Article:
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MARK, Vii. 26.
The woman was a Greek, a Syrophonician by
THESE words describe what was most remarkable in the character of a woman, a Canaanite by birth, an idolatress by education, who implored our Lord's miraculous assistance in behalf of her young daughter tormented with an evil spirit. In my last discourse, the lessons to be drawn from this character of the woman and from the manner in which her petition was preferred were distinctly pointed out. I come now to consider, still with a view to practical inferences, the manner in which on our Lord's part the petition was received.
In the lovely character of the blessed Jesus, there was not a more striking feature than a certain sentimental tenderness, which disposed him to take a part in every one's affliction to which he chanced to be a witness, and to be ready to afford it a miraculous relief. He was apt to be particularly touched by instances of domestic distress; in which the suffering arises from those feelings of friendship, growing out of natural affection and habitual endearment, which constitute the perfection of man as a social creature, and distinguish the society of the human kind from the instinctive herdings of the lower animals. When at the gate of Nain he met the sad procession of a young man's funeral, -a poor widow, accompanied by her sympathizing neighbours, conveying to the grave the remains of an only son, suddenly snatched from her by disease in the flower of his age,the tenderness of his temper appeared, not only in what he did, but in the kind and ready manner of his doing it. He scrupled not to avow how much he was affected by the dismal scene: He addressed words of comfort to the weeping mother: Unasked,
upon the motion of his own compassion, he went up and touched the bier; he commanded the spirit to return to its deserted mansion, and restored to the widow the support and comfort of her age.
The object now before him might have moved a heart less sensible than his. A miserable mother, in the highest agony of grief, perhaps a widow, for no husband appeared to take a part in the business, implores his compassion for her daughter, visited with the most dreadful malady to which the frail frame of sinful man was ever liable possession. In this reasoning age, we are little agreed about the cause of the disorder to which this name belongs. If we may be guided by the letter of holy writ, it was a tyranny of hellish fiends over the imagination and the sensory of the patient. For my own part, I find no great difficulty of believing that this was really the case. I hold those philosophizing be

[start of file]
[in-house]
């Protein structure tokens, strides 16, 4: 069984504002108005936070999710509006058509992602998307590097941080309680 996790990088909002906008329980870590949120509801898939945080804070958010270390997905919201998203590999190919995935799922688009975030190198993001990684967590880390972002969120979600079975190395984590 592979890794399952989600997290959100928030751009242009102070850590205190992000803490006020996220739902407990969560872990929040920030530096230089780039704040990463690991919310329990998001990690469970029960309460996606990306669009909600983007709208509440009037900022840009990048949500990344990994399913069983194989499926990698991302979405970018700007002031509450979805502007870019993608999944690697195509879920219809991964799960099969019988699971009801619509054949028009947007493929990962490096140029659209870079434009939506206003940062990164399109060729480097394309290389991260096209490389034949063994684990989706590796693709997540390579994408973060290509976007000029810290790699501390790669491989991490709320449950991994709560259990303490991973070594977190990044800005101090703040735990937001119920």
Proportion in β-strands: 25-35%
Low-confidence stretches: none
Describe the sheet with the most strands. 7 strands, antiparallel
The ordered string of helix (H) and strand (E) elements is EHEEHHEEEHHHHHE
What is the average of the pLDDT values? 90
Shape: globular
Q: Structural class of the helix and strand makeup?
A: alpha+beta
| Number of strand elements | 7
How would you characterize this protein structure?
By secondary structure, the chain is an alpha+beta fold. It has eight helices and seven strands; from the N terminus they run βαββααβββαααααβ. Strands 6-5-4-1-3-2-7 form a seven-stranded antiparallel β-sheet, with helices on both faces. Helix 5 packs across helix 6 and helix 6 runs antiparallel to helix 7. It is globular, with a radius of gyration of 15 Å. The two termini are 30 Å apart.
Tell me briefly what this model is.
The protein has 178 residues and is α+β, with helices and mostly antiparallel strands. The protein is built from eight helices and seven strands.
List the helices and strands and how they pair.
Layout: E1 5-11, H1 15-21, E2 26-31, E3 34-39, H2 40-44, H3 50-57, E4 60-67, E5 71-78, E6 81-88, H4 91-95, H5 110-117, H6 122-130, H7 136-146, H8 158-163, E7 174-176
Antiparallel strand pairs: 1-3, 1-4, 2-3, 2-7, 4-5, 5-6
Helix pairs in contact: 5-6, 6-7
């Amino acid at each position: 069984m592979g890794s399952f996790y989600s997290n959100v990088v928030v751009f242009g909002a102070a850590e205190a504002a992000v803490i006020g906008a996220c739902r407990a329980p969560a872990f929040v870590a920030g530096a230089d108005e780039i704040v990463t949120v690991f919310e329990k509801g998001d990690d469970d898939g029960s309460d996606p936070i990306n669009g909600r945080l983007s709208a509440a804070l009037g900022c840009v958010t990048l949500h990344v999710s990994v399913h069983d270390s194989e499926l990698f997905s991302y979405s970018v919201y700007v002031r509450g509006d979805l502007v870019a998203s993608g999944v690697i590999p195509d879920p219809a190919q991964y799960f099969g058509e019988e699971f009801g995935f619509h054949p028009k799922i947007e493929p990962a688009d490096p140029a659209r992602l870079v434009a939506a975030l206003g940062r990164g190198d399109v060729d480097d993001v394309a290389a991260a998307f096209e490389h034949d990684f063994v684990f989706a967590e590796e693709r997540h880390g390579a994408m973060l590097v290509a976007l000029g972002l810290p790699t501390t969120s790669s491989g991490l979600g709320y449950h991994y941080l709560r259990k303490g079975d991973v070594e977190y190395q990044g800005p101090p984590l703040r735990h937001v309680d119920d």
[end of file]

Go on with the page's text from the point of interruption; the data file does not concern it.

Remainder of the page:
lievers but weak in faith, and not strong in reason, who measure the probabilities of past events by the experience of the present age, in opposition to the evidence of the
historians of the times. I am inclined to think that the power of the infernal spirits over the bodies as well as the minds of men suffered a capital abridgment, an earnest of the final putting down of Satan to be trampled under foot of men, when the Son of God had achieved his great undertaking: That before that event, men were subject to a sensible tyranny of the hellish crew, from which they have been ever since emancipated. As much as this seems to be implied in that remarkable saying of our Lord, when the seventy returned to him expressing their joy that they had found the devils subject to themselves through his name. He said unto them"I beheld Satan as lightning fall from heaven." Our Lord saw him fall from the heaven of his power: What wonder then that the effects should no longer be perceived of a power which he hath lost? Upon these general principles, without any particular inquiry into the subject, I am contented to rest, and exhort you all to rest, in the belief which in the primitive church was universal, that possession really was what the name imports. Be that as it may, whatever the
disorder was, its effects are undisputed, a complication of epilepsy and madness, sometimes accompanied with a paralytic affection of one or more of the organs of the senses; the madness, in the worst cases, of the frantic and mischievous kind.
Such was the malady in which our Lord's assistance was implored. The compassion of the case was heightened by the tender age of the miserable patient. St. Mark calls her the " young daughter" of the unhappy suppliant; an expression which indicates that she had just attained that engaging season when a winning sprightliness takes place of the insipid state of puling infancy, and the innocence of childhood is not yet corrupted by the ill example nor its good-humour ruffled by the ill usage of the world. It might have been expected, that the slightest representation of this dismal case would have worked upon the feelings of our compassionate Lord, and that the merciful sentence would immediately have issued from his lips which should have compelled the trembling fiend to release his captive: But, strange to tell! he made as